It’s no secret that diabetes is one of the most difficult and expensive chronic conditions to manage in healthcare. Nearly 30 million Americans have diabetes, which costs an average of $13,700 in medical expenses per patient, per year, according to the most recent study released by the American Diabetes Association (ADA). The medical expenditures of diabetes patients are more than double the costs of someone without the ailment, according to the ADA.
There’s hope that technology will be the answer to the diabetes problem, though experts stress that finding solutions takes more than just creating mobile apps and collecting large amounts of data.
“Technology can lower the barriers between patients and physicians, but we are not there yet,” says Ameet Bhattacharya, director of the healthcare practice for iVEDix, a data, analytics and mobile technology company. “The ultimate goal is to have the technology take a back seat, and bring the patients and clinicians closer together. We need to get to that point.”
Consumer demand for easy to use, minimally-invasive diabetes devices continues to surge as the elderly population grows and more plans and government programs seek to support newly diagnosed patients, according to a May 2016 report by Grand View Research, Inc. The report found that the global diabetes device market could reach $35.5 billion by 2024. Test strips and blood glucose monitoring devices currently make up the largest market share, however new technology that can offer continuous care to patients will be commonplace in the market, according to the report.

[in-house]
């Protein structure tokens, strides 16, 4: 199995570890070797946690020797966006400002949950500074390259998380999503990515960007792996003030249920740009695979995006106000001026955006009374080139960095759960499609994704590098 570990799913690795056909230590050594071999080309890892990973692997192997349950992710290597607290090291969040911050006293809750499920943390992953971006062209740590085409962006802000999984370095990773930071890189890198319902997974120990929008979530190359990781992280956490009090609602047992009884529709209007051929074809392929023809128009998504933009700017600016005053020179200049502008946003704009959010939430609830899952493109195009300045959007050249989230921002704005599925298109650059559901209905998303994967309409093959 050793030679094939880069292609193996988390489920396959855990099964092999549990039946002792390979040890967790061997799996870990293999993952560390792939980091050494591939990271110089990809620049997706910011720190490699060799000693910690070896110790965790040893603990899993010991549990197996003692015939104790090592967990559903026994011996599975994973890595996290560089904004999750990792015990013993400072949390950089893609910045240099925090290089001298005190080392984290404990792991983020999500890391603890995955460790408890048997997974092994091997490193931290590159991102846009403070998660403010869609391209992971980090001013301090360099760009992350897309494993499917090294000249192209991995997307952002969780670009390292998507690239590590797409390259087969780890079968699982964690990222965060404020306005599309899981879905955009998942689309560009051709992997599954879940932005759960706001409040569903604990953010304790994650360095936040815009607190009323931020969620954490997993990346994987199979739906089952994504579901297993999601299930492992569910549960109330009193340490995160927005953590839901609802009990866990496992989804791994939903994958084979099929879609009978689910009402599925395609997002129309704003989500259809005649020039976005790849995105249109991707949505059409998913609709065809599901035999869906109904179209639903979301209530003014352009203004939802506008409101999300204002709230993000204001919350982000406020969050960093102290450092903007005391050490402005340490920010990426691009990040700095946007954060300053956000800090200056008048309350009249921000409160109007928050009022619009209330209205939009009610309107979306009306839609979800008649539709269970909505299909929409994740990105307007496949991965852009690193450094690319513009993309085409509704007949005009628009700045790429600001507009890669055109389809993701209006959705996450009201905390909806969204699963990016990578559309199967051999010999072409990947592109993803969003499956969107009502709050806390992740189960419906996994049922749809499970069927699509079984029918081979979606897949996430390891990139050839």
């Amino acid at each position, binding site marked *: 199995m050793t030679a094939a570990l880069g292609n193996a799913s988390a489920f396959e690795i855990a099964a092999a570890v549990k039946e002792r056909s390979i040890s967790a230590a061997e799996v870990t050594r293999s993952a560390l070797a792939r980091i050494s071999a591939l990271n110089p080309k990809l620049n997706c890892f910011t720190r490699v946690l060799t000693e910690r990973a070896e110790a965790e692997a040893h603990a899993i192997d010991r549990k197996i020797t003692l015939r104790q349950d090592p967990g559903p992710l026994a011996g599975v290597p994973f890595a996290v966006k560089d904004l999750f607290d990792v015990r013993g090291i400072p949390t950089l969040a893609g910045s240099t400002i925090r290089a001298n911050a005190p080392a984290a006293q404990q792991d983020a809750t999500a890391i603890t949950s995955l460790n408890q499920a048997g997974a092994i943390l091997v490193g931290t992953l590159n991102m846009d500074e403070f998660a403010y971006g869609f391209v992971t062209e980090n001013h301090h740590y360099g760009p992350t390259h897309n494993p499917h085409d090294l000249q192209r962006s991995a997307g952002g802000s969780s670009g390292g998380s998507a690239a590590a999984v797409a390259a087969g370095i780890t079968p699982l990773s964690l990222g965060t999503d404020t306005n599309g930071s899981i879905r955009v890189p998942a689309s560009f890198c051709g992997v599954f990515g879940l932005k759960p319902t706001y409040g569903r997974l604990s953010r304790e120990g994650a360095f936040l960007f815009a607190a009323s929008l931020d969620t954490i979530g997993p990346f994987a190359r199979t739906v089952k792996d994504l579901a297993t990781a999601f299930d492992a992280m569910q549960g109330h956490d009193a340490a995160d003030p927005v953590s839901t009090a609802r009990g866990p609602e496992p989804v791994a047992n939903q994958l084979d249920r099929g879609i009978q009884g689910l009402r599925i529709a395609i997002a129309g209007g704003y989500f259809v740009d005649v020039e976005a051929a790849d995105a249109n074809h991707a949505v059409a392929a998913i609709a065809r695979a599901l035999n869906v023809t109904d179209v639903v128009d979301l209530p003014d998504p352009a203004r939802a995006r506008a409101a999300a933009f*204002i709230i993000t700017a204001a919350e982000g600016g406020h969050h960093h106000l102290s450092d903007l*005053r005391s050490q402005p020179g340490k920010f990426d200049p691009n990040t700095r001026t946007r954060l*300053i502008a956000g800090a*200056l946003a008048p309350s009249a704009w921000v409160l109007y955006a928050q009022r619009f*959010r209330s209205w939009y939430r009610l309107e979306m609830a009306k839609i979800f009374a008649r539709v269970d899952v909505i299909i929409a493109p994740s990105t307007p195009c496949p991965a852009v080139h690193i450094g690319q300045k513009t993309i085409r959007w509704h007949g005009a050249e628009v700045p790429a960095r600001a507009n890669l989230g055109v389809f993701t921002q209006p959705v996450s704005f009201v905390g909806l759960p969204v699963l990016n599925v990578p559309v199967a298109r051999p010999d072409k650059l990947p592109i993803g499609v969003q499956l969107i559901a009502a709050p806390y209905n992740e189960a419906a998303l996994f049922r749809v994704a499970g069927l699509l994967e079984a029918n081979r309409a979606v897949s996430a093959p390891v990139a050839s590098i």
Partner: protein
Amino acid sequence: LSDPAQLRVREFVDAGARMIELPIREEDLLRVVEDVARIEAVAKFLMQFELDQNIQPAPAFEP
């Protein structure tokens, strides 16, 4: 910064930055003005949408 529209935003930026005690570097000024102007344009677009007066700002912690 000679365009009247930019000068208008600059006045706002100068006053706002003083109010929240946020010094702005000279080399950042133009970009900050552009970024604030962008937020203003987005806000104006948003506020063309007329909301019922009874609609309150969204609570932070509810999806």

Bhattacharya says the future of diabetes technology includes more intelligent data management. “Artificial intelligence becomes more and more valuable to send clinicians appropriate alerts—they won’t be alerted for every event a patient has. Encounter management systems will play a big part so that clinicians are not flooded with data,” he says.
Mobile apps get smarter
Empowering patients to adhere to treatment is the goal for the next generation of mobile apps for diabetes patients. For example, the Sugar.IQ app developed in partnership with Medtronics and IBM Watson technology, makes lifestyle and food suggestions to patients based on data collected from continuous glucose monitoring devices. Eli Lilly recently received FDA clearance for Go Dose, a mobile app for patients and clinicians that allows patients to enter data and receive insulin dosage recommendations. Also, WellDoc received FDA clearance for the non-prescription version of its popular BlueStar mobile app for type 2 diabetes management that will also feature an insulin dosage calculator.
Gaining FDA clearance for these mobile apps has another intention: to make it easier for health plans to adopt them for patient care and engagement. In November 2016, the AMA approved guidance on coverage and payment policies for mobile health technology.
“The new AMA principles aim to foster the integration of digital health innovations into clinical practice by promoting coverage and payment policies that are contingent upon whether mobile health apps and related devices are evidence-based, validated, interoperable and actionable,” Steven J. Stack, M.D, AMA immediate past president, said in a statement.